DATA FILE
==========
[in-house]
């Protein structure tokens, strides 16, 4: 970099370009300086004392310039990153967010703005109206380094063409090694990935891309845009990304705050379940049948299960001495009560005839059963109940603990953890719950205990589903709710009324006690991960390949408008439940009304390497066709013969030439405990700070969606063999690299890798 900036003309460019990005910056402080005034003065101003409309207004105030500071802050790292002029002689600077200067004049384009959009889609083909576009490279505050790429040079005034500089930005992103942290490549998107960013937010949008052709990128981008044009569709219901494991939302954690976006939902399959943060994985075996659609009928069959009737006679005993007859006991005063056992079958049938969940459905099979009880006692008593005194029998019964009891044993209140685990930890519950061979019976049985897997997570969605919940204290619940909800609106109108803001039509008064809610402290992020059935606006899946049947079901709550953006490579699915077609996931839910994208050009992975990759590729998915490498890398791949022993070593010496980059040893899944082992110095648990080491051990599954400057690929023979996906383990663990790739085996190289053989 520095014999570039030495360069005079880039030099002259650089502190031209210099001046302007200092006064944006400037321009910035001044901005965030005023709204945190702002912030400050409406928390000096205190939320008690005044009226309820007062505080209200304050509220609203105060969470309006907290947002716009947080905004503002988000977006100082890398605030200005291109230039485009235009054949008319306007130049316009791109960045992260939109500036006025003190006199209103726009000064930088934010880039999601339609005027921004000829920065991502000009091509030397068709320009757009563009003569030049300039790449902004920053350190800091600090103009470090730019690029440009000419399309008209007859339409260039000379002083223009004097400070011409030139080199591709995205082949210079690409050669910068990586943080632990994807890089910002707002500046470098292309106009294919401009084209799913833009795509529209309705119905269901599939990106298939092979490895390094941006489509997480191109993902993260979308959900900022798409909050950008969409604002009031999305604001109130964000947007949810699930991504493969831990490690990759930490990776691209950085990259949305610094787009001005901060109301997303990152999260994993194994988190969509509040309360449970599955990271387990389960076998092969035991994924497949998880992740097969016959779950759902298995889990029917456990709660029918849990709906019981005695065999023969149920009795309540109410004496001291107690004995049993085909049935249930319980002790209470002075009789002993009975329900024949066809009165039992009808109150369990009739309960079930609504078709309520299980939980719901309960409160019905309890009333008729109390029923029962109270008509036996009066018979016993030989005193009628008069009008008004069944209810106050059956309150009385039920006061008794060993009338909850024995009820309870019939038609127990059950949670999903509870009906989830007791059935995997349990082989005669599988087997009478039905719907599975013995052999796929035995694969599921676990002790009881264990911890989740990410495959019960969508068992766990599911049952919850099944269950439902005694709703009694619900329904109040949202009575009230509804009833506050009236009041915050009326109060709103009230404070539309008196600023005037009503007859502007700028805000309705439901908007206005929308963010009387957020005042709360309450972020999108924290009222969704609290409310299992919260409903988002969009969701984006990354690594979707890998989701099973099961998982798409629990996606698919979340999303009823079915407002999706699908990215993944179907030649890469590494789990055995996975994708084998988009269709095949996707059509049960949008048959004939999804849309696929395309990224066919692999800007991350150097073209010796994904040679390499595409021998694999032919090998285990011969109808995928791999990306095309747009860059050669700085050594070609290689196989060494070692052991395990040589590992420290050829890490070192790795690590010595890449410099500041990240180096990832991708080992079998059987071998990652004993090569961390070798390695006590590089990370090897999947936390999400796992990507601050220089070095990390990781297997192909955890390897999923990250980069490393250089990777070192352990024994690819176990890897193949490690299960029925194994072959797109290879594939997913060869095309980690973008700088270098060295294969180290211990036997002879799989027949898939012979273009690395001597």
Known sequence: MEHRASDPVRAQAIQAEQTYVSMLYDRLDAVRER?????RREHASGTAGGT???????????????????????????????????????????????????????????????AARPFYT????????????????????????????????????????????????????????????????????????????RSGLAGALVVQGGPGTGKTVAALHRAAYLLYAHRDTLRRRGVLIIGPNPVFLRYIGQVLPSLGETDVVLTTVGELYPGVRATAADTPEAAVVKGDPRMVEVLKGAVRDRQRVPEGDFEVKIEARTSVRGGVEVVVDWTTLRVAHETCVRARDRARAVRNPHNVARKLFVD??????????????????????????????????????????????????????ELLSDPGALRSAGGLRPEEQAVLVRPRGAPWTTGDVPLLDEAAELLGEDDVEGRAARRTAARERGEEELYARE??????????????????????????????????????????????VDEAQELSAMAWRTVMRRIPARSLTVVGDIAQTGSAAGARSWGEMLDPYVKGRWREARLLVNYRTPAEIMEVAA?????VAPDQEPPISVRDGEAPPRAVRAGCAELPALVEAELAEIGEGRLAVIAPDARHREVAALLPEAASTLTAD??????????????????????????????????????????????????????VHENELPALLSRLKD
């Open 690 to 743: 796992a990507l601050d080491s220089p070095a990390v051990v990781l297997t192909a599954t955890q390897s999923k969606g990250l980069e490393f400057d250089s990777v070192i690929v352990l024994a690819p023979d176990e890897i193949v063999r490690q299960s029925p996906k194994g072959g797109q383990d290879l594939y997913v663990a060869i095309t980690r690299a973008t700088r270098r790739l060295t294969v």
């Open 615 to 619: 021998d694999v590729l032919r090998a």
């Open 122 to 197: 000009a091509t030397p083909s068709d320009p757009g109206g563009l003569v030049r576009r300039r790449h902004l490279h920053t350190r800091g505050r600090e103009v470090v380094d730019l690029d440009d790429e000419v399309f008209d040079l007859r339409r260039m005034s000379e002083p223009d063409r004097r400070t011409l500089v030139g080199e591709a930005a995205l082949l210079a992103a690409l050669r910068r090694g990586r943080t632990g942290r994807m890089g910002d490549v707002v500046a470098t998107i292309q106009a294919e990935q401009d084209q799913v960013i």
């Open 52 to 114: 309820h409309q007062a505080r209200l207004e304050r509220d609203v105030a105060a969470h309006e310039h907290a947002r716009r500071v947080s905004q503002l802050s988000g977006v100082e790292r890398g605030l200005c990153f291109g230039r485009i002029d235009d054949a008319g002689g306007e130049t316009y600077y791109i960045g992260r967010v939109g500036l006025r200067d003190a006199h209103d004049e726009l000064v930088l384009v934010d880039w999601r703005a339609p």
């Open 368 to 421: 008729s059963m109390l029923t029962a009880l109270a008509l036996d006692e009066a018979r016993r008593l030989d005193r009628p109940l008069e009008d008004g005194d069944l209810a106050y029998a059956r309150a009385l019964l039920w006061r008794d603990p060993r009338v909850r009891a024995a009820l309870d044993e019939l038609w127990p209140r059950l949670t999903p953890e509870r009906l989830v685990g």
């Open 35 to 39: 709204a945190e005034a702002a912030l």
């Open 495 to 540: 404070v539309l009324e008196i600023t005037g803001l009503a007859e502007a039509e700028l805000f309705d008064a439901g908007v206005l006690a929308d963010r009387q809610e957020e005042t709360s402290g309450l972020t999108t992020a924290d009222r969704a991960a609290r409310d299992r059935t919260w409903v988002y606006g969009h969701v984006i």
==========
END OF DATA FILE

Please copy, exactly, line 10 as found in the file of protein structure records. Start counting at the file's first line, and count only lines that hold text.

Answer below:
């Open 495 to 540: 404070v539309l009324e008196i600023t005037g803001l009503a007859e502007a039509e700028l805000f309705d008064a439901g908007v206005l006690a929308d963010r009387q809610e957020e005042t709360s402290g309450l972020t999108t992020a924290d009222r969704a991960a609290r409310d299992r059935t919260w409903v988002y606006g969009h969701v984006i």